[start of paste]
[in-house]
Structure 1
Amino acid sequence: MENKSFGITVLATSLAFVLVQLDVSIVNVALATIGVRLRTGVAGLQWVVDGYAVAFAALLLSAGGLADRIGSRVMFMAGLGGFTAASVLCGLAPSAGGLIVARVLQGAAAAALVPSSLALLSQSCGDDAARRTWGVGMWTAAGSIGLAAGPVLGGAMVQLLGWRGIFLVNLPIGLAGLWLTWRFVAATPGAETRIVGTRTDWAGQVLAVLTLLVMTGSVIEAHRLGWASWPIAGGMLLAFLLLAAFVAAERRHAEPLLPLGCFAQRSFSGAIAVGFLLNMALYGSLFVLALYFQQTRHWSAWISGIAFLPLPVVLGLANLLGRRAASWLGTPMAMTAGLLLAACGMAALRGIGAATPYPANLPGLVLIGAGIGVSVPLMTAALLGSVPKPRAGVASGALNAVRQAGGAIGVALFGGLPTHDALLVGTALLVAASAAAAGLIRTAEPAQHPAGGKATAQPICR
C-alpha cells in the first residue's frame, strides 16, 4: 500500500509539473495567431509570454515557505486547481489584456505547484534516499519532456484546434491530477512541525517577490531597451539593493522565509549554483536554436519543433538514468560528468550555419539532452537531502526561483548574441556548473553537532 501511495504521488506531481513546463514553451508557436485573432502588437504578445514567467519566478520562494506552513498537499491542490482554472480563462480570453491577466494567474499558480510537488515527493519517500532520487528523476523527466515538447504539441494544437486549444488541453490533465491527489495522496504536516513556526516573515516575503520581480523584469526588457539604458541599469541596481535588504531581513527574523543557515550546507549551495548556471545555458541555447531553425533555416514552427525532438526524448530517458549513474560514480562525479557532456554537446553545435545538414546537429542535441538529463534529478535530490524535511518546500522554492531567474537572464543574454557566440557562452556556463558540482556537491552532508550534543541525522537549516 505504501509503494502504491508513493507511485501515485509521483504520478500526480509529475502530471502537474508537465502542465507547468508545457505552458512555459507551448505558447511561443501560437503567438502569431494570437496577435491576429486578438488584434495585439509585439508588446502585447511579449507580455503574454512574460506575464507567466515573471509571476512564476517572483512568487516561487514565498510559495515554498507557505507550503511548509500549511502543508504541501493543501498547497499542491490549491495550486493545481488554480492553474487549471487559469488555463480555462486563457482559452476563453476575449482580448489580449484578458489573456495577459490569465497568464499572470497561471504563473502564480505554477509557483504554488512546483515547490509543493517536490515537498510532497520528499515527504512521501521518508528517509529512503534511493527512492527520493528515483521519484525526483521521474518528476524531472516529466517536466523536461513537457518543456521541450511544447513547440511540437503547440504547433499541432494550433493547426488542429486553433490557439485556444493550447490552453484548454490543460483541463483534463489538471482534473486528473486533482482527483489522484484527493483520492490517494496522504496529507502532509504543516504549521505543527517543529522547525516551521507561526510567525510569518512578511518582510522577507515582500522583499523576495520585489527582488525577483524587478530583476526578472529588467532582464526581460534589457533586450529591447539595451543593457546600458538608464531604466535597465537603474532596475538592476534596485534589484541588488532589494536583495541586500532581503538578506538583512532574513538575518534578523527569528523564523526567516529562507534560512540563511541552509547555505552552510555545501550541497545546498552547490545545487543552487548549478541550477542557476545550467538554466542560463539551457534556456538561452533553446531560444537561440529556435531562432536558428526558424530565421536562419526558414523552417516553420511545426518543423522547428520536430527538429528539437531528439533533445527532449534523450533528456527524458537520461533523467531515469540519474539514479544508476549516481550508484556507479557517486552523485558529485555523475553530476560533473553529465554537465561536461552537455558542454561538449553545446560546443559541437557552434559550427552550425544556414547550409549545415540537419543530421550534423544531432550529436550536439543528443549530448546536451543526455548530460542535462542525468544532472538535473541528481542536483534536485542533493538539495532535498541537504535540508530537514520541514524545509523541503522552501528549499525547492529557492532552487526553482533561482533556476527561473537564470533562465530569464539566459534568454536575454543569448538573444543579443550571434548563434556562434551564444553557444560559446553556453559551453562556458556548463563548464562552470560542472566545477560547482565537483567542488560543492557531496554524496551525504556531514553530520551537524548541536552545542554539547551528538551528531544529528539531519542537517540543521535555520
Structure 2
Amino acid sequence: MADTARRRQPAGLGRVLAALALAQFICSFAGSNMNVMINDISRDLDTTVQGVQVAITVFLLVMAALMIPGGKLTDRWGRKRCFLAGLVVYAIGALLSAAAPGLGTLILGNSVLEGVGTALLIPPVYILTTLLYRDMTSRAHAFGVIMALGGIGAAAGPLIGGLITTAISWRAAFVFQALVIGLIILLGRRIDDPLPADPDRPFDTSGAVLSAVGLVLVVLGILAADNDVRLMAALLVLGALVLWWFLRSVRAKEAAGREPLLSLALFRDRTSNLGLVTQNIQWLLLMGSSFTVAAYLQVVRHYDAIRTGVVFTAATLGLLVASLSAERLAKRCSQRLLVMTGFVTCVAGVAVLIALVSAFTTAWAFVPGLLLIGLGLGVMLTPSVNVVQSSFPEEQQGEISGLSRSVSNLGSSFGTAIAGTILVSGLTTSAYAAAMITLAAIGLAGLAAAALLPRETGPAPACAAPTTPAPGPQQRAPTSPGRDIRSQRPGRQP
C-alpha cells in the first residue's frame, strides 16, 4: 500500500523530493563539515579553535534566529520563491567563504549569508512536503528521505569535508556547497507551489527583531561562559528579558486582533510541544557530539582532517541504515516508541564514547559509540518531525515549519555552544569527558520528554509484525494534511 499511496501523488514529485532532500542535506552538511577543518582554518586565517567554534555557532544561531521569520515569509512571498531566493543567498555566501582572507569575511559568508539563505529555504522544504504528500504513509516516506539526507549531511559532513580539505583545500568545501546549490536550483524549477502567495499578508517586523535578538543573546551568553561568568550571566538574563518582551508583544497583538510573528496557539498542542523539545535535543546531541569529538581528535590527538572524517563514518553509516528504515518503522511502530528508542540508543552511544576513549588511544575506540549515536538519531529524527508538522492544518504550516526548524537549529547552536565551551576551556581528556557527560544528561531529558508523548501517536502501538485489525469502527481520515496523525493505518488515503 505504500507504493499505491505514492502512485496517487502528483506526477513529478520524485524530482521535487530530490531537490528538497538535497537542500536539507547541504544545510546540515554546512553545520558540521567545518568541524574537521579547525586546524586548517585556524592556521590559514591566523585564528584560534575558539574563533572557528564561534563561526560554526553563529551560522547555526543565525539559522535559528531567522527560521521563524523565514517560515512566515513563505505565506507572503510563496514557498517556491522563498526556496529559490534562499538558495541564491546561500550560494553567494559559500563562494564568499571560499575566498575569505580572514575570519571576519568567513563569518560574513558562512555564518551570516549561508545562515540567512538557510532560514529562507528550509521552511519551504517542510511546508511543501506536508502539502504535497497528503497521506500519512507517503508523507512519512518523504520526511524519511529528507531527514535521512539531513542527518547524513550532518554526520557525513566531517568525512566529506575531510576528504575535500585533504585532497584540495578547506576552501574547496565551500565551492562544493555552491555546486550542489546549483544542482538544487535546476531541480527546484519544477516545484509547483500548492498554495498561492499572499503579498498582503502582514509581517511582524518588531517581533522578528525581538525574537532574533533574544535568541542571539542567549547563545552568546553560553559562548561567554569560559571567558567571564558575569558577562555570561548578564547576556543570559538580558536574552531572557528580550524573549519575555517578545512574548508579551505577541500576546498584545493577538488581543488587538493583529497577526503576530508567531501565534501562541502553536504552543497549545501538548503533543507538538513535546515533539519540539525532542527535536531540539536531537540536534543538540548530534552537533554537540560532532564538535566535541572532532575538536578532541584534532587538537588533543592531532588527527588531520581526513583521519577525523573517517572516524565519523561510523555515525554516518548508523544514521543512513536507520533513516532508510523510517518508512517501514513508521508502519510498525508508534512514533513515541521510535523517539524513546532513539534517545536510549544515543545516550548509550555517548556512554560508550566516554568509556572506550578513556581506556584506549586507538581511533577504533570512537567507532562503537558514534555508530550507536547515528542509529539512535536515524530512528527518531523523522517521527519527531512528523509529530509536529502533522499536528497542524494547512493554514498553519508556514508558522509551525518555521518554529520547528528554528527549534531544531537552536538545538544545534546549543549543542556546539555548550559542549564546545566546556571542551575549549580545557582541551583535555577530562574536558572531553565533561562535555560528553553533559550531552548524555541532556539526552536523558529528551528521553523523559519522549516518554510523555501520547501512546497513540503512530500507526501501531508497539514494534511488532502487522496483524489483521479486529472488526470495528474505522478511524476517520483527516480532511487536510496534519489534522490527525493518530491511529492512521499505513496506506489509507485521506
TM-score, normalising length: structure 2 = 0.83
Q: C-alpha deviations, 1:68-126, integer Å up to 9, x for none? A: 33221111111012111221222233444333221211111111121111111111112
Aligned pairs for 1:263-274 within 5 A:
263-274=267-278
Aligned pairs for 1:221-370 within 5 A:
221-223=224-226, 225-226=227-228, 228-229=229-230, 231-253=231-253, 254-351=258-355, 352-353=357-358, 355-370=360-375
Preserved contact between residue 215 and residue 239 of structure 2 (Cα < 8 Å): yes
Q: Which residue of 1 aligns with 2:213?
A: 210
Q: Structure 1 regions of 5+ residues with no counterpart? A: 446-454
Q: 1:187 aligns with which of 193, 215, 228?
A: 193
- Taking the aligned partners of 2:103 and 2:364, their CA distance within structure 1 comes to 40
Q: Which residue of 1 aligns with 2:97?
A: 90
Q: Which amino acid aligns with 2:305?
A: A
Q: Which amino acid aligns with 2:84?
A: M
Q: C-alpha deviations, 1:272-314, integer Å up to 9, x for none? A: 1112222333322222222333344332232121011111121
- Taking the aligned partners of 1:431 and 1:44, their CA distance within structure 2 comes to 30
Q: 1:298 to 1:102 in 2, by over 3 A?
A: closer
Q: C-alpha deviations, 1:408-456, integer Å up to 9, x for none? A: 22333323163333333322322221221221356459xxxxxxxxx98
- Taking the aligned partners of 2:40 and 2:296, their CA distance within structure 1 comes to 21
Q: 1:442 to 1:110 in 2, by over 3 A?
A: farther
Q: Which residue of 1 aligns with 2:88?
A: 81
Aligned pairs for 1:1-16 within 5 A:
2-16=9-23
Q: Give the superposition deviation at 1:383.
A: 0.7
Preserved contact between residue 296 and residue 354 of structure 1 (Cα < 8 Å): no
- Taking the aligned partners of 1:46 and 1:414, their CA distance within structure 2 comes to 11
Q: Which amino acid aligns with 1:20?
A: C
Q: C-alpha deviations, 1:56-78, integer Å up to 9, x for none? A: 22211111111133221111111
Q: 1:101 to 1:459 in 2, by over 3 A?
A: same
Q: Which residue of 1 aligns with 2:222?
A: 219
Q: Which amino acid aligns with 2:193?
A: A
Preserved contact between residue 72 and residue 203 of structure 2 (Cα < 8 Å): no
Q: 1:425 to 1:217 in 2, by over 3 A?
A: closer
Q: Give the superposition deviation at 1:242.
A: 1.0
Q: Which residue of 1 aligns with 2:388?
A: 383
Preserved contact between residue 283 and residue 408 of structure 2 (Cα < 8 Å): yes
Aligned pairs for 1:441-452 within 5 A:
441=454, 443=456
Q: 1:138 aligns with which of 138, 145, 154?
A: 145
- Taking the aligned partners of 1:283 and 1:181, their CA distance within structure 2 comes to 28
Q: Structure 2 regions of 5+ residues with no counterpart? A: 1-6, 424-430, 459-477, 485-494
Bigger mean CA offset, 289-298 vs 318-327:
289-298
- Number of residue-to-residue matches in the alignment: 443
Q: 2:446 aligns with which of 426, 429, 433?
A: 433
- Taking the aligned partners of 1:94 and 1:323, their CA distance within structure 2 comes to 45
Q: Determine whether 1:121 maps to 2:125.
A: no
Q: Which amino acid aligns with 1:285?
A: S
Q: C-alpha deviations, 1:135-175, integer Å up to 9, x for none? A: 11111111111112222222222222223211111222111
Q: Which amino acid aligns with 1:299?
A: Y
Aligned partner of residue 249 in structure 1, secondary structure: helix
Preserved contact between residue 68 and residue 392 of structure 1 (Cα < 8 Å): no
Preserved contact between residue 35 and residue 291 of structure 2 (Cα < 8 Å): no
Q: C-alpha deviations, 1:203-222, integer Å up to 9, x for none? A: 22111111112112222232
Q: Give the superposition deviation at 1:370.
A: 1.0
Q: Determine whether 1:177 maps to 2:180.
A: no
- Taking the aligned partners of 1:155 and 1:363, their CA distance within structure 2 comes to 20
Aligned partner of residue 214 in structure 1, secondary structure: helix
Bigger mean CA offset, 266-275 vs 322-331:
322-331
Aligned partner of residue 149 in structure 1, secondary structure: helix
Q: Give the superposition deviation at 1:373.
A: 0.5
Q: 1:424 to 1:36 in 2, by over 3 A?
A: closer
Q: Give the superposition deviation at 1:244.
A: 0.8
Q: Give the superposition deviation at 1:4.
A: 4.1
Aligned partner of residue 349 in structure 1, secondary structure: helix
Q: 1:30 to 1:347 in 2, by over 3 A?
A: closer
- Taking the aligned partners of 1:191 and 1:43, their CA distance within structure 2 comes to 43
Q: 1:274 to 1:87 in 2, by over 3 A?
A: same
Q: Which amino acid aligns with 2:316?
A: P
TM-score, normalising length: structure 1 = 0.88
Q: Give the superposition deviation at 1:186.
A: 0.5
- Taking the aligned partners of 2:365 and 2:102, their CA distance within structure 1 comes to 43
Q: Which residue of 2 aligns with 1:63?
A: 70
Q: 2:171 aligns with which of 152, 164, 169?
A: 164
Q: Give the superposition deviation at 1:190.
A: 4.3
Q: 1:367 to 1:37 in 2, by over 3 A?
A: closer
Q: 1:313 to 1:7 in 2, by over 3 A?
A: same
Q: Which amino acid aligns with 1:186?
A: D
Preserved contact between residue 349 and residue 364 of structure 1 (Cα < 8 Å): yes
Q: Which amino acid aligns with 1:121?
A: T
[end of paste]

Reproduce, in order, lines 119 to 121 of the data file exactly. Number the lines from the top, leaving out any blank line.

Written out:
A: closer
Q: 1:313 to 1:7 in 2, by over 3 A?
A: same